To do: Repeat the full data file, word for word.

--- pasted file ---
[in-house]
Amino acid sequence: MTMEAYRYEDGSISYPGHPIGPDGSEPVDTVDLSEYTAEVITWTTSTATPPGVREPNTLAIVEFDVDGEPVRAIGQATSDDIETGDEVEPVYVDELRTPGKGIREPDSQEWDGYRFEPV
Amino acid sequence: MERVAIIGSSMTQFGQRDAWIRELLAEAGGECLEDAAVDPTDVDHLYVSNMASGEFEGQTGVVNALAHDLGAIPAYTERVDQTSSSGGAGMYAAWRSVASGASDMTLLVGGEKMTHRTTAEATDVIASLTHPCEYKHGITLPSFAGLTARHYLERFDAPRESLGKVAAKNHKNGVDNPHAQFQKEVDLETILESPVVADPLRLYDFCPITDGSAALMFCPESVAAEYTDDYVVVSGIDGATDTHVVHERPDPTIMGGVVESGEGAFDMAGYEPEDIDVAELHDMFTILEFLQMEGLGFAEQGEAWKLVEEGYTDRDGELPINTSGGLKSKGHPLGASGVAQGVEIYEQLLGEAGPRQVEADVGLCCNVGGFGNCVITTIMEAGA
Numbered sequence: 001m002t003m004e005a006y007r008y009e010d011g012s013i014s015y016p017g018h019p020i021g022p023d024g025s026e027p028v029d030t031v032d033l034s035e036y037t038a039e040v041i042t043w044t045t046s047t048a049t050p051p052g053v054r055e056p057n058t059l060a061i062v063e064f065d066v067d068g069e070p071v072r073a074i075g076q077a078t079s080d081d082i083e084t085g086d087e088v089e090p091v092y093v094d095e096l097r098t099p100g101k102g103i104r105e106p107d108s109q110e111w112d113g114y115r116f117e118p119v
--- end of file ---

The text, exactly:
[in-house]
Amino acid sequence: MTMEAYRYEDGSISYPGHPIGPDGSEPVDTVDLSEYTAEVITWTTSTATPPGVREPNTLAIVEFDVDGEPVRAIGQATSDDIETGDEVEPVYVDELRTPGKGIREPDSQEWDGYRFEPV
Amino acid sequence: MERVAIIGSSMTQFGQRDAWIRELLAEAGGECLEDAAVDPTDVDHLYVSNMASGEFEGQTGVVNALAHDLGAIPAYTERVDQTSSSGGAGMYAAWRSVASGASDMTLLVGGEKMTHRTTAEATDVIASLTHPCEYKHGITLPSFAGLTARHYLERFDAPRESLGKVAAKNHKNGVDNPHAQFQKEVDLETILESPVVADPLRLYDFCPITDGSAALMFCPESVAAEYTDDYVVVSGIDGATDTHVVHERPDPTIMGGVVESGEGAFDMAGYEPEDIDVAELHDMFTILEFLQMEGLGFAEQGEAWKLVEEGYTDRDGELPINTSGGLKSKGHPLGASGVAQGVEIYEQLLGEAGPRQVEADVGLCCNVGGFGNCVITTIMEAGA
Numbered sequence: 001m002t003m004e005a006y007r008y009e010d011g012s013i014s015y016p017g018h019p020i021g022p023d024g025s026e027p028v029d030t031v032d033l034s035e036y037t038a039e040v041i042t043w044t045t046s047t048a049t050p051p052g053v054r055e056p057n058t059l060a061i062v063e064f065d066v067d068g069e070p071v072r073a074i075g076q077a078t079s080d081d082i083e084t085g086d087e088v089e090p091v092y093v094d095e096l097r098t099p100g101k102g103i104r105e106p107d108s109q110e111w112d113g114y115r116f117e118p119v